In my journeys in different dioceses and countries, I have been able to visit several recovery communities inspired by the Gospel. They are a strong and hopeful witness to the commitment of priests, consecrated men and women, and lay people to put into practice the parable of the Good Samaritan. So too, I am comforted by the efforts undertaken by various bishops’ conferences to promote just legislation and policies regarding the treatment of people addicted to drug use, and prevention to stop this scourge.

As an example, I point to the network of La Pastoral Latinoamericana de Acompañamiento y Prevençión de Adicciones (PLAPA). The charter of this network recognizes that “addiction to alcohol, psychoactive substances, and other forms of addiction (pornography, new technologies, etc.) … is a problem that affects us indiscriminately, beyond geographical, social, cultural, religious and age differences. Despite the differences … we want to organize as a community: to share experiences, enthusiasm, difficulties.”[4]

I also mention the Bishops of southern Africa, who in November 2023 convened a meeting on “Empowering youth as agents of peace and hope.” Youth representatives present at the meeting recognized that assembly as a “significant milestone geared toward healthy and active YOUTH throughout the region.” They have also made a promise. Their promise goes like this: “We accept the role of being Ambassadors and Advocates who are going to fight against the use of substances. We plead with all young people to always be empathetic to one another at all times.”[5]

Dear brothers and sisters, faced with the tragic – it is tragic, isn’t it? – the tragic situation of drug addiction of millions of people around the world, faced with the scandal of the illicit production and trafficking of such drugs, “we cannot be indifferent. The Lord Jesus paused, drew near, healed wounds. In the style of His closeness, we too are called to act, to pause before situations of fragility and pain, to know how to listen to the cry of loneliness and anguish, to stoop to lift up and bring back to life those who fall into the slavery of drugs.”[6]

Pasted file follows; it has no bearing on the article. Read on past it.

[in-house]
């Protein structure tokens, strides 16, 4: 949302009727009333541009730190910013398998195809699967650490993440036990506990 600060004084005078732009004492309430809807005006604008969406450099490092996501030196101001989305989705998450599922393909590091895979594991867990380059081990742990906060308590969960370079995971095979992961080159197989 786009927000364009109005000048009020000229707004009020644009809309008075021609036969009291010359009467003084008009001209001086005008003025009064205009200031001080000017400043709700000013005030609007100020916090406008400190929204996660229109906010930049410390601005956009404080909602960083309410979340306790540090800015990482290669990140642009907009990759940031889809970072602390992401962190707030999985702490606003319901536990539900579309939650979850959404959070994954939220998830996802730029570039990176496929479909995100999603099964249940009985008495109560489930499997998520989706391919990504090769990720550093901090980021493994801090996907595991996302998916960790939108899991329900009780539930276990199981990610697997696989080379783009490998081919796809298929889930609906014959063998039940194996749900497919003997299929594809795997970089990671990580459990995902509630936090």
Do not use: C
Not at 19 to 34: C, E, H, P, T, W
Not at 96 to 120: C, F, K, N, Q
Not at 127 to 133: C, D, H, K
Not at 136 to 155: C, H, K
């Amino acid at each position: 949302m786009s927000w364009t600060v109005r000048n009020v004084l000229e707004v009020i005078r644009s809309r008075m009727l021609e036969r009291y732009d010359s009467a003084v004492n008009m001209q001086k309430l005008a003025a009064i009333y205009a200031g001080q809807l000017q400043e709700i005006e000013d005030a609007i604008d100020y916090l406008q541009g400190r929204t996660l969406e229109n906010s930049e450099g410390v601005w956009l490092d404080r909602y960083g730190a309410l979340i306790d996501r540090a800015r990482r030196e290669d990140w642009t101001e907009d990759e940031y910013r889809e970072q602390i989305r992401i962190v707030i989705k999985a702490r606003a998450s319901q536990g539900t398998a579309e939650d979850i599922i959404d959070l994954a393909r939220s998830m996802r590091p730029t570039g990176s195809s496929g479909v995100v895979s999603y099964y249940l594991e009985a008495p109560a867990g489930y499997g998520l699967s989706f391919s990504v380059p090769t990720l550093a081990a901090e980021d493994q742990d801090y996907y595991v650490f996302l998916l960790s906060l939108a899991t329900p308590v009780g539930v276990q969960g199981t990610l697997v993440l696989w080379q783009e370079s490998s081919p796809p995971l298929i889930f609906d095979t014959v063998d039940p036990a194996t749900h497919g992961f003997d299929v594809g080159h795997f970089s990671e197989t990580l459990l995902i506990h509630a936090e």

And we pray, too, for these criminals who spend and give drugs to the young: they are criminals, they are murderers. Let us pray for their conversion.

On this World Drug Day, as Christians and church communities, let us pray for this intention and renew our commitment of prayer and work against drugs. Thank you!


[1]  Message to representatives of the International Conference on “Drug Abuse and Illicit Trafficking” (4 June 1987).

[2] Address to participants in the meeting sponsored by the Pontifical Academy of Sciences on “Narcotics: Problems and Solutions to this Global Issue (24 November 2016).

[3] Address to the community living in “Fazenda da Esperança” , Brazil, 12 May 2007.

[4] https://adn.celam.org/wp-content/uploads/2023/09/Carta-a-la-Iglesia-de-ALC-PLAPA-14sept2023-CL.pdf

[5] https://imbisa.africa/2023/11/21/statement-following-the-imbisa-youth-meeting/

[6] Message to the participants in the 60th International Congress of Forensic Toxicologists (26 August 2023).